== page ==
Test driving the first BMW 5 series plug-in hybrid on Niagara’s picturesque streets

By Ross Vernon Dias

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We took the BMW 530e xDrive out for a spin around the picturesque vineyards and shores of Niagara-on-the-Lake. Here’s how it went down.

Written by Ross Dias

When travelling to the Niagara-on-the-Lake region—host to a multitude of award-winning wineries—the joy, most typically, lies in the destination. The journey there is navigable in two hours and change from the Toronto core, and can easily feel like an inconvenient chore in comparison to the delight ahead navigating the best the region has to offer.

I’ve made the journey south on a couple different occasions since moving to Toronto, and each time, the time spent in vehicle hasn’t been long enough to fully settle into the in-car experience. This time was different. From connecting to my smartphone via bluetooth, to the gesture controlling the in-dash screen, the entire technological set-up process was seamless. Within minutes, I settled right in to pointing and rotating my fingers to interact with the navigation system.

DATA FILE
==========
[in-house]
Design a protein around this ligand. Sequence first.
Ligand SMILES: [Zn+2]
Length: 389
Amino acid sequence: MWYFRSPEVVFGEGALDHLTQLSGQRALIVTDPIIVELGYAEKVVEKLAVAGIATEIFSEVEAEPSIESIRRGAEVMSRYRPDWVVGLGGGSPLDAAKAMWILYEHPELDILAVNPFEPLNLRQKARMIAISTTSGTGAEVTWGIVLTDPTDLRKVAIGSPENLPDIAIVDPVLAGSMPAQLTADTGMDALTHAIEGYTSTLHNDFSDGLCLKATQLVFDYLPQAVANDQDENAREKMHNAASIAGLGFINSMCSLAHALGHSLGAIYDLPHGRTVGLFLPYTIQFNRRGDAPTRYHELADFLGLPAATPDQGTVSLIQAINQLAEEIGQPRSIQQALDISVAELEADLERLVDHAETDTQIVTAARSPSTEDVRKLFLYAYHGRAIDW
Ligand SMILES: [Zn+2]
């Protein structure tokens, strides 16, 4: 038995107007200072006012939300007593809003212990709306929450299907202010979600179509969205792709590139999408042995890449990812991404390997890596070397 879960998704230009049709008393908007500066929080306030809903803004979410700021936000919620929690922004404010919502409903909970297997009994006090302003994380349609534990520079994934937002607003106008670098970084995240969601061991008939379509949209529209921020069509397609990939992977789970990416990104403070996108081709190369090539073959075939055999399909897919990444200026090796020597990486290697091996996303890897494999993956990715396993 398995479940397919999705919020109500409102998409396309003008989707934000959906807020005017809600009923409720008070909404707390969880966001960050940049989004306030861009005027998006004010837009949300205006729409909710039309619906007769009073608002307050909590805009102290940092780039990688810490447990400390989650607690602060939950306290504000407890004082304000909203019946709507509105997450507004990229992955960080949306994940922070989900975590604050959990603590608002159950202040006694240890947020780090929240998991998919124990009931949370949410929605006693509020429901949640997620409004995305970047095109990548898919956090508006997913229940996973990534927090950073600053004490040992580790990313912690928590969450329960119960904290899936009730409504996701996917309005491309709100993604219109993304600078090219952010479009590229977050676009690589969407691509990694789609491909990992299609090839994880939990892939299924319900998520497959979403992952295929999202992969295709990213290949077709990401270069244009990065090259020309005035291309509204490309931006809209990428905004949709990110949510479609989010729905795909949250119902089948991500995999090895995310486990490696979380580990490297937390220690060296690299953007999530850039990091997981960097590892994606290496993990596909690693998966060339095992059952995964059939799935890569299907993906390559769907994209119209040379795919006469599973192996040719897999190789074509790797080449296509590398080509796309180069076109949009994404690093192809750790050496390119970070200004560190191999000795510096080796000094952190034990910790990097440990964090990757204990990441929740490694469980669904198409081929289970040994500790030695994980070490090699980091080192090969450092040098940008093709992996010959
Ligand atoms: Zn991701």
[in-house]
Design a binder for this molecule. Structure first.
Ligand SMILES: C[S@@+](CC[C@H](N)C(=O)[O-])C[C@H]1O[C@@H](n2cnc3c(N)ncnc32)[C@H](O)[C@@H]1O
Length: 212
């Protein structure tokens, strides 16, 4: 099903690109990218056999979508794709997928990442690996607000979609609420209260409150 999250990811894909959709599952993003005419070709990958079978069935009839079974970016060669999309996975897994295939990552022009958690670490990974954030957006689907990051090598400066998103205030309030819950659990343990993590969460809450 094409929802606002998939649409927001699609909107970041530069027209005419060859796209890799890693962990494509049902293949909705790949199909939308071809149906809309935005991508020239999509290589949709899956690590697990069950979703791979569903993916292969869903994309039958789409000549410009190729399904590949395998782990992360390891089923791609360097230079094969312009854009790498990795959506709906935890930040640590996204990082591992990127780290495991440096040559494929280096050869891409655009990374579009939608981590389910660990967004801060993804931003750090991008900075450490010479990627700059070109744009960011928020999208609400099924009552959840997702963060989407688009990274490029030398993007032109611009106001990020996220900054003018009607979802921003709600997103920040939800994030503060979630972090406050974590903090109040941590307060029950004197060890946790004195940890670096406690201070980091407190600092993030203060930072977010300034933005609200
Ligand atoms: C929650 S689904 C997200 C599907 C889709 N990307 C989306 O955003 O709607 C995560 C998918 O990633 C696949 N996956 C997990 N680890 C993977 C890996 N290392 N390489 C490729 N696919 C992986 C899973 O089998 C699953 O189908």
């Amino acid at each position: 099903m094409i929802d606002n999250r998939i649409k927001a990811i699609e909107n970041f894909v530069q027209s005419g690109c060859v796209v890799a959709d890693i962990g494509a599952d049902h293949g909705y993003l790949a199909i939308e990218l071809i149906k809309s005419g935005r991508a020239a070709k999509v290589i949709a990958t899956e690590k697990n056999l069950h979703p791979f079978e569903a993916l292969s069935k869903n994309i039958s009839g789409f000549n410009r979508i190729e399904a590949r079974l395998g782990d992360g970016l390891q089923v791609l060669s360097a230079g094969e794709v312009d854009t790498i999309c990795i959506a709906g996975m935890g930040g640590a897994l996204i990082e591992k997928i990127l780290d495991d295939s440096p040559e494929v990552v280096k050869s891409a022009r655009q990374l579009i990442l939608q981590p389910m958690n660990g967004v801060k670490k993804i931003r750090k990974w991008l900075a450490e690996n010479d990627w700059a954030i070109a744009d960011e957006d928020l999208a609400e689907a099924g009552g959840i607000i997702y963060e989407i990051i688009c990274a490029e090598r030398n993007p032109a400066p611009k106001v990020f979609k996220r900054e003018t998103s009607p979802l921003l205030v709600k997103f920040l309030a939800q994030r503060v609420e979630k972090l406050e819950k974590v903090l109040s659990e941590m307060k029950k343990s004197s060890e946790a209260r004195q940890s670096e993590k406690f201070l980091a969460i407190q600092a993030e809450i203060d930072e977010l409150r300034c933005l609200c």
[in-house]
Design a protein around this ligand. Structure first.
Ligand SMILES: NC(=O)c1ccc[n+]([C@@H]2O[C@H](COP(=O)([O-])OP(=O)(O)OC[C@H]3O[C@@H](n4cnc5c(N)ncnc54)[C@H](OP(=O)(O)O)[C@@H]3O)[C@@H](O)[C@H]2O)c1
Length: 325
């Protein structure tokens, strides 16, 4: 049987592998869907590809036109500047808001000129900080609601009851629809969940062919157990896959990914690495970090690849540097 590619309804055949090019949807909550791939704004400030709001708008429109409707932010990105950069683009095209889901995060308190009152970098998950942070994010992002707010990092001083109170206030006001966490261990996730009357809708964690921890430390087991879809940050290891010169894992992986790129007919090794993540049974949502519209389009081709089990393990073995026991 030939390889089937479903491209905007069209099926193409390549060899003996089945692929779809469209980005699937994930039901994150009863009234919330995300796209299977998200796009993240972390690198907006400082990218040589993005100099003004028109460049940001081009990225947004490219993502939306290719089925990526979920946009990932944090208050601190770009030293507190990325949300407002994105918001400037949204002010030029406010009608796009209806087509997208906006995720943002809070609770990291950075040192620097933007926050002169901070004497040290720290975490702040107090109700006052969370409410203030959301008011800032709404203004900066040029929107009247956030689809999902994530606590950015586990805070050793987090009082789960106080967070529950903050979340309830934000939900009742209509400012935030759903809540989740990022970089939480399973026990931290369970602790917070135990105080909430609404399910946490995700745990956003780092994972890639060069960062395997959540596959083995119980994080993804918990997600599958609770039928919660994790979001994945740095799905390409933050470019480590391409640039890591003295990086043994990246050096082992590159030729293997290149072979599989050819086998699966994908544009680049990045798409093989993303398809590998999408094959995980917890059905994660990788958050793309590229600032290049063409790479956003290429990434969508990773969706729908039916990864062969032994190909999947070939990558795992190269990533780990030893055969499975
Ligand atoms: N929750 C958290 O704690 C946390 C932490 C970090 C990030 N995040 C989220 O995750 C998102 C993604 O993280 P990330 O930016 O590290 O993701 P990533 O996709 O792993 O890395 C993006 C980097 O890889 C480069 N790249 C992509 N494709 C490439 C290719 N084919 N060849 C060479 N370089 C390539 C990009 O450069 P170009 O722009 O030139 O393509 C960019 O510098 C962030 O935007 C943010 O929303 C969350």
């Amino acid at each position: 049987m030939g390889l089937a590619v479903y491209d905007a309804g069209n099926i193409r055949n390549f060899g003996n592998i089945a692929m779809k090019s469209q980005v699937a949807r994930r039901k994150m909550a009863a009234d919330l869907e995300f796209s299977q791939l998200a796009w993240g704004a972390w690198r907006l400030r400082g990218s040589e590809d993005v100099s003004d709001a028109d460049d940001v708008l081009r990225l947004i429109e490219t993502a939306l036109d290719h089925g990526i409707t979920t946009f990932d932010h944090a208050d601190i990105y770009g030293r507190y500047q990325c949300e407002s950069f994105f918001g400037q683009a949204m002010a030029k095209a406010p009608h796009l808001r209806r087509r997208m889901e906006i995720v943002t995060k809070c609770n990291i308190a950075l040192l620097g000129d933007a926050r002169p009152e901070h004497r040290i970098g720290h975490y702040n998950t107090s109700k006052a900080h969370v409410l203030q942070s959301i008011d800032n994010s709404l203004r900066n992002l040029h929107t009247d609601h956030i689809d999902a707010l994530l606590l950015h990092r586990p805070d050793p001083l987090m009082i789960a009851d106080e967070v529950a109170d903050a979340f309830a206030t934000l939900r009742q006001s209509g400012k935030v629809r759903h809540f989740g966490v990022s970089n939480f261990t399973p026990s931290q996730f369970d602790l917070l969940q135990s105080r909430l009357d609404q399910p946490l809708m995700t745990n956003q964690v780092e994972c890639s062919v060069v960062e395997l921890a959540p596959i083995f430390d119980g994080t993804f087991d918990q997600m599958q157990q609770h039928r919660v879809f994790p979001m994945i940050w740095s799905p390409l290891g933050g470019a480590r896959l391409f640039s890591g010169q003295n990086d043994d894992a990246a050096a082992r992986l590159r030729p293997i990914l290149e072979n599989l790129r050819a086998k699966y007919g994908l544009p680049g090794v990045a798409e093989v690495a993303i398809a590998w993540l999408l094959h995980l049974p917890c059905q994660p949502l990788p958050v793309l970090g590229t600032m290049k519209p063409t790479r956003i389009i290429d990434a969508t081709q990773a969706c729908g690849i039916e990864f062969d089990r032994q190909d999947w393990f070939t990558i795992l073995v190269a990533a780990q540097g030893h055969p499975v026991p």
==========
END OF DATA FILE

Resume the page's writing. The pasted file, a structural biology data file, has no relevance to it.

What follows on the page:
Upon arrival in the Niagara region, I parked the car to get charged up at the station, conveniently located in the parking lot of our hotel, while we went to grab some nourishment at a nearby diner. When we got back, the car was charged up enough to test out electric driving. The 530e is best equipped to utilize electric driving for leisurely in-town driving versus speeding along highway. Truth is, if not glancing at the dash, it’s hard to distinguish the feel of electric driving from its counterpart.

Cruising alongside picture perfect rows of vines, along the shoreline road next to the vineyards, or the region’s quaint main street, the car sped along at a relaxed pace. We switched over to two wheels on a four-hour bike tour of the many wineries in the region including Inniskillin, Pellar Estates, Pondview, and Reif. On a mechanical bike, facing country roads and a slight drizzle, I found myself longing for the car’s intuitive design and customization capabilities.


The coolest features in the BMW are the most discreet, including Head Up display—which projects relevant information, current speeds, and speed limits onto the windshield—and is visible only to the person in the driver’s seat.

And, the car’s systems adjusts to the driver—literally. Once the car is in motion, the automatic seat belts self-tighten to better secure passengers. Drivers can set up a custom profile to record their preferred seat or steering wheel height, along with other comfort settings. More than just bells and whistles, the features make it easy to feel familiar with the vehicle early on, which made our quick jaunt around Lake Ontario a recommendable experience in itself.

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